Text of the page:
Intra-Africa Trade Received a Boost with the Launch of $1-Billion SATIPP

Intra-Africa Trade received a boost with the launch of a $1-billion South Africa-Africa Trade and Investment Promotion Programme (SATIPP) in Sandton. SATIPP is a joint programme launched by the African Export-Import Bank (Afreximbank) and the Export Credit Insurance Corporation of South Africa (ECIC).  The two organisations signed a cooperation agreement in march this year and SATIPP is being launched under this arrangement. The $1-billion financing programme will promote and expand trade and investments between South Africa and the rest of Africa.

Speaking at the launch, the Deputy Director General of Trade and Invest South Africa at the dti, Ms Lerato Mataboge said that SATIPP will contribute to the realisation of intra-Africa trade by proving the necessary trade financing to stimulate increased sourcing of goods from the rest of Africa into the South African market whilst supporting South African exports and investments to more regions in the African continent.

“Our aim as a government is to increase the levels of South African investments in the rest of the continent through targeted support measures using the recently launched Trade Invest Africa (TIA) and Guidelines to Good Business Practice for Doing Business in Africa. With respect to South Africa itself, we have targeted $100 billion of investments to be reached in the next five years and we want to ensure a sizable amount of investments into South Africa that are of African origin,” said Mataboge.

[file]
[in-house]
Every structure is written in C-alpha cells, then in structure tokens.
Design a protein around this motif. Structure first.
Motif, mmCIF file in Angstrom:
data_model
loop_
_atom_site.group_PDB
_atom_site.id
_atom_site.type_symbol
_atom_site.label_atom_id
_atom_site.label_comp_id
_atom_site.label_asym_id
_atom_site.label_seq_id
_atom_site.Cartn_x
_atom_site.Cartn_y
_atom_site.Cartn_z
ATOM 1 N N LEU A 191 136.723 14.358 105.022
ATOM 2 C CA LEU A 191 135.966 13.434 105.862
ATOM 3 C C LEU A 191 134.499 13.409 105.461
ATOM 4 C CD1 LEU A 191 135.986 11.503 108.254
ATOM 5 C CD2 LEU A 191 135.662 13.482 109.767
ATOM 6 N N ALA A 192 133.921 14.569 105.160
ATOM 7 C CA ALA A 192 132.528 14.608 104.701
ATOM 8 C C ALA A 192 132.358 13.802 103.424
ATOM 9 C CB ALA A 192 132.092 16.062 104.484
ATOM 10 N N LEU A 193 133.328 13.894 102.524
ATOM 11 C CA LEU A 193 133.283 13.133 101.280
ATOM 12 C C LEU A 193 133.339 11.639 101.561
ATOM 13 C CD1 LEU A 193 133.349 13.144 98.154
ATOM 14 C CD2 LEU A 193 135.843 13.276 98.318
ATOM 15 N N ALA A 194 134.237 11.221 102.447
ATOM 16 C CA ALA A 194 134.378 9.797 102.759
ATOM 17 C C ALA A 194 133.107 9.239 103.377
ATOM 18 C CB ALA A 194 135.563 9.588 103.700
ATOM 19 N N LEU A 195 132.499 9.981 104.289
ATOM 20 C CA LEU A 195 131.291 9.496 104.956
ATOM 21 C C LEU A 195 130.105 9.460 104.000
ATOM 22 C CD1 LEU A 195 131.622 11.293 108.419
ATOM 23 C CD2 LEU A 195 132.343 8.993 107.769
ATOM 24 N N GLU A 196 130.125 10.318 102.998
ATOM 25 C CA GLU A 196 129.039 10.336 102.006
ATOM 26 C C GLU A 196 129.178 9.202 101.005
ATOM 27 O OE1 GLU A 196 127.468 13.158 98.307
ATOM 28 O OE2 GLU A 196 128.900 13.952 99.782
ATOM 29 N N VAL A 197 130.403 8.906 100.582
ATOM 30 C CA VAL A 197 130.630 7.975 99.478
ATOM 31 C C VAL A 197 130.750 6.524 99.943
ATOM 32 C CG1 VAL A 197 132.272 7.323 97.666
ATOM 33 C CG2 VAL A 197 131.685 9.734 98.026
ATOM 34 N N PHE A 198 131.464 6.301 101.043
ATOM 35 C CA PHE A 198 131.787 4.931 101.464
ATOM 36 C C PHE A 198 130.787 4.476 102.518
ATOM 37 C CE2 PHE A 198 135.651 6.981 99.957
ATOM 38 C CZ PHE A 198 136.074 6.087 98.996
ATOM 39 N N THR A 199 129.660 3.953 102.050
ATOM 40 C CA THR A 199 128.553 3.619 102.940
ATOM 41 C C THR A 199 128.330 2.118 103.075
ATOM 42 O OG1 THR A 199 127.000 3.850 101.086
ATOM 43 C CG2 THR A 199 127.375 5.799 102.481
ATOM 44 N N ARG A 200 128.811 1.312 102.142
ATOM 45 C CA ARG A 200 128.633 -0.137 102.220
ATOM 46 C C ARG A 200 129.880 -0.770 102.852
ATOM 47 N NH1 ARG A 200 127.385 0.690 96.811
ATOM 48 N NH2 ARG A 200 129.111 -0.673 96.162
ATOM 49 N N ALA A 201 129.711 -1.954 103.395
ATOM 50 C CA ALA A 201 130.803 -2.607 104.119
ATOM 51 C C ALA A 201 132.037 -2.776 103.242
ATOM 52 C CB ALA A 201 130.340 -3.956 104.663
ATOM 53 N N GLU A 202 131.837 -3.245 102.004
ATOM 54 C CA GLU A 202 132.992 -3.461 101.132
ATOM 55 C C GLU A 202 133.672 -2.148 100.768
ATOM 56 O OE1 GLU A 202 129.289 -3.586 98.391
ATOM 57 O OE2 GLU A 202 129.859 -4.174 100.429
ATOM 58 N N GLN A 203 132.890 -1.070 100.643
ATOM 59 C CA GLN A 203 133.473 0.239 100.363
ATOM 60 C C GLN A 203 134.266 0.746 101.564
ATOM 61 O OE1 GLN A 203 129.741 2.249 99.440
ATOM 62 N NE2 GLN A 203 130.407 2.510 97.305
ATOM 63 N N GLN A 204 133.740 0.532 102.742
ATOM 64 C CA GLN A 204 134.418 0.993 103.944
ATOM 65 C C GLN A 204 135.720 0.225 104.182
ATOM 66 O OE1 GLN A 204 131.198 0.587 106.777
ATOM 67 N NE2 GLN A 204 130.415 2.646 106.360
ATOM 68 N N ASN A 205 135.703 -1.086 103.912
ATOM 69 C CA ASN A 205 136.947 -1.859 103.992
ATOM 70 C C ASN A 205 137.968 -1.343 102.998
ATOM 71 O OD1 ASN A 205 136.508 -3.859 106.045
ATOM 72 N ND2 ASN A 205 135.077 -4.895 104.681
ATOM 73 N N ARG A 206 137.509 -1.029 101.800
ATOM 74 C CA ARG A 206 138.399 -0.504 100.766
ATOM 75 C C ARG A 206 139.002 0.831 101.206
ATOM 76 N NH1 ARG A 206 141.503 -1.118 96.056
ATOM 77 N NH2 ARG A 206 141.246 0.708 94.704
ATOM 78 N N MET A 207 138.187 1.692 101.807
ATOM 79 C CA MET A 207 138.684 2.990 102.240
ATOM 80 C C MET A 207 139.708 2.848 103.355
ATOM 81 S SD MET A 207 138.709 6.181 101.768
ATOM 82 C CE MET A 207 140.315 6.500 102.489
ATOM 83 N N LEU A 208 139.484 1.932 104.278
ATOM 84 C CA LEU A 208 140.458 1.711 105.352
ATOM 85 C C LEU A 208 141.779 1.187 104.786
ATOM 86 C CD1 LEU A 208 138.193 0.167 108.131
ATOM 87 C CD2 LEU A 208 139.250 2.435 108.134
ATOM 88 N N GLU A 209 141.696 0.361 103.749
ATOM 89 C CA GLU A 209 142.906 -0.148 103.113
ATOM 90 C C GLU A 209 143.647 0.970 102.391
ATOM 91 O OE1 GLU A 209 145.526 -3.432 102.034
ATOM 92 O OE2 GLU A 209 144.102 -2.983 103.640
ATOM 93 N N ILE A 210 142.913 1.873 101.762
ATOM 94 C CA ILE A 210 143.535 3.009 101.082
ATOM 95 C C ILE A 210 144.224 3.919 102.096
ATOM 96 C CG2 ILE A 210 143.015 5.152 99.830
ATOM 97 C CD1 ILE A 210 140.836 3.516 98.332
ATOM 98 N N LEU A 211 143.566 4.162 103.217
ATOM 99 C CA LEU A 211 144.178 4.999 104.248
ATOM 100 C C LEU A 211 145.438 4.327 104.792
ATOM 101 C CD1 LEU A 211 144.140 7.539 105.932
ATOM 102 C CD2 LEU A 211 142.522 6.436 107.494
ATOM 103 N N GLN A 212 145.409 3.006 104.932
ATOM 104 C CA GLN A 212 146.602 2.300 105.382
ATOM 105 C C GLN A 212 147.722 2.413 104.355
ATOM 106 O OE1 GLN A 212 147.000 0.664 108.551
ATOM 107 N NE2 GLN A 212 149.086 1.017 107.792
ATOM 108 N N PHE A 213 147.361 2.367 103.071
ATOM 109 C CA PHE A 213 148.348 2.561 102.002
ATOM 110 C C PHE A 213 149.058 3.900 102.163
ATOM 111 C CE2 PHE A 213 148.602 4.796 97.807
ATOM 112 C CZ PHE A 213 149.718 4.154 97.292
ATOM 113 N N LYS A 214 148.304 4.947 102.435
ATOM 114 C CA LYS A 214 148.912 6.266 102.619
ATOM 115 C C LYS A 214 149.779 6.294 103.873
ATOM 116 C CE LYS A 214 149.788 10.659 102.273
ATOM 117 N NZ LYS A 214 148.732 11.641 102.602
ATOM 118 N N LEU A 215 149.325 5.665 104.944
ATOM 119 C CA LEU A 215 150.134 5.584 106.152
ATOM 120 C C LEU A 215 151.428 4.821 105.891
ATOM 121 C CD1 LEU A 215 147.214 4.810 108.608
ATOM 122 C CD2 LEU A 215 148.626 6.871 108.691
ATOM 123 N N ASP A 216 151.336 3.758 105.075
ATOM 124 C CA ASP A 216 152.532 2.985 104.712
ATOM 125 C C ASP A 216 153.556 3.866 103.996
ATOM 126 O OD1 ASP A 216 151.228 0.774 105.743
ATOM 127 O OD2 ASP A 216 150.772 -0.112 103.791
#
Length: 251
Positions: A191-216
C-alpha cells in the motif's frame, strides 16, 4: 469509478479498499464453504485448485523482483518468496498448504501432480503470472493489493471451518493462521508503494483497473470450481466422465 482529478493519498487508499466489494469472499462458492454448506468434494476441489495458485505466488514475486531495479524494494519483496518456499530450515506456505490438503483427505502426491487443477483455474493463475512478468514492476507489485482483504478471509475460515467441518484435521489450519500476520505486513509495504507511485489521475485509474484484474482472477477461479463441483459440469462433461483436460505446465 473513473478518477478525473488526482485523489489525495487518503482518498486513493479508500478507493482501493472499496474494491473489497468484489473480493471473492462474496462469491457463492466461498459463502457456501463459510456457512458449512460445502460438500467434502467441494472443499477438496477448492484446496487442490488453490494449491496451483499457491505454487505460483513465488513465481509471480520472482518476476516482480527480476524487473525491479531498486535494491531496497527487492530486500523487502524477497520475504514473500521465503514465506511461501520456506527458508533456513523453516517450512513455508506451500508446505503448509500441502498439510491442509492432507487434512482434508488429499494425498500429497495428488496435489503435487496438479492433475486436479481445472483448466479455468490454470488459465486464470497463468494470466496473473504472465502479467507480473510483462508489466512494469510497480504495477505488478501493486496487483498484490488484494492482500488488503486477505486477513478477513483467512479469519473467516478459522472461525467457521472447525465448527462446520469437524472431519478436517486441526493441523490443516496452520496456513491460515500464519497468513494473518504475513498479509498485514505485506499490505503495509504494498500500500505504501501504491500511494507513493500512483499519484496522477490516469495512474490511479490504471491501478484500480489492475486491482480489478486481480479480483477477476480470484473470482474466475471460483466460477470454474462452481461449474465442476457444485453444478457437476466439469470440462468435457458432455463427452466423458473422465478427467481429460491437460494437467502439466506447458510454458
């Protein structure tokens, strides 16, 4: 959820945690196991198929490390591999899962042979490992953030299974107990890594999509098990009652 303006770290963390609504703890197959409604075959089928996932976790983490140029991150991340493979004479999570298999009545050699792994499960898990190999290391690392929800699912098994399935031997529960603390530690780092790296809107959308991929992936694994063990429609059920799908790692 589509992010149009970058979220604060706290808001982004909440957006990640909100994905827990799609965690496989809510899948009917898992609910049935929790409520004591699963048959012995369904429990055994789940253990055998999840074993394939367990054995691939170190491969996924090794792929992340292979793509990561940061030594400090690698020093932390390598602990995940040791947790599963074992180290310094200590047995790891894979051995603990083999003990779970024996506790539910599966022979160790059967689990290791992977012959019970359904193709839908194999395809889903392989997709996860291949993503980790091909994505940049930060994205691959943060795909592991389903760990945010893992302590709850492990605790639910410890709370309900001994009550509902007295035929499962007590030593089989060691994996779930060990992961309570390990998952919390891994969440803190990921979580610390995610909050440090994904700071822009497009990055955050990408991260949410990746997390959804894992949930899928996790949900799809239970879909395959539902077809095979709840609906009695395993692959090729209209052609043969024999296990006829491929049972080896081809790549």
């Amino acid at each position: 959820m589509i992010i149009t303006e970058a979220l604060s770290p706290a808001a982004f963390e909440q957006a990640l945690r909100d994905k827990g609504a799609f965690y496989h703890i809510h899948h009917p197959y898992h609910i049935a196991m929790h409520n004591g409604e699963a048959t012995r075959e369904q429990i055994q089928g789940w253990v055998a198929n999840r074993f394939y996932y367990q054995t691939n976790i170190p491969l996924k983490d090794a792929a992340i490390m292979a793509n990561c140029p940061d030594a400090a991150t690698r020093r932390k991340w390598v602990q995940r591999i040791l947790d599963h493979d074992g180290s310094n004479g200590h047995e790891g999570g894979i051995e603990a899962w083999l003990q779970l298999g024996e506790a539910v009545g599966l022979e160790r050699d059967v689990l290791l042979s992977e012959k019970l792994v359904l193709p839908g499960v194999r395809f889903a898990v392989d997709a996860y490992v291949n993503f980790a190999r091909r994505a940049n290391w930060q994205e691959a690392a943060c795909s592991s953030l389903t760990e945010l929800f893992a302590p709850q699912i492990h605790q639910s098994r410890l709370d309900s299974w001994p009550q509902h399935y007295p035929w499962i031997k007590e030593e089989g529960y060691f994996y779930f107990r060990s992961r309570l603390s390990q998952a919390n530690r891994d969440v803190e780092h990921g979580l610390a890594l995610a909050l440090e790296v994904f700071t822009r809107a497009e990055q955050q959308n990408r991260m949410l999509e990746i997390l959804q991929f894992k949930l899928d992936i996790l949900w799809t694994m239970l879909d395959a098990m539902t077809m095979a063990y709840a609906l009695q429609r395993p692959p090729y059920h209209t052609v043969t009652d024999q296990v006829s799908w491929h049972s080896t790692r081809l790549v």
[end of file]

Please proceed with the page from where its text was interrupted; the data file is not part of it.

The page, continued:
There is an urgent need for all African countries to work closely together in addressing the challenges of fragmented markets, under-developed production structures

Mataboge highlighted that Market integration, infrastructure development and industrialisation are a must for us to achieve intra-Africa trade and investment. She said that the only way to realise the Africa Rising narrative is by pursuing an agenda of fully integrating the African continent.

“We have adopted a ‘development integration approach’ that insists that the integration of our continent rest on three pillars, namely, market integration, infrastructure development and industrialisation. Our view is that the removal of tariffs and trade barriers to entry between our countries is important, however without the requisite logistical infrastructure to move goods amongst ourselves, and without regional value-chains, we will not increase the levels of intra-Africa trade and investment,” said Mataboge.

She added that without the requisite levels of industrialisation and manufacturing capabilities, the continent will continue to trade in low value added commodities. Mataboge reckoned that the development integration approach needed to remain at the centre of future growth plans as a continent and as trading partners.

 “There is an urgent need for all African countries to work closely together in addressing the challenges of fragmented markets, under-developed production structures, and inadequate economic diversification. There is a strong need to shift from the current growth path that is based on mainly mining and agricultural commodity exports onto a more sustainable industrial development path that takes into account the digital and technological revolution,” indicated Mataboge.

Furthermore, the South African government has adopted an outward investment-led trade approach towards the rest of the continent as a way of ensuring mutually beneficial economic relationships with partner countries on the continent. – APO Africa NewsRoom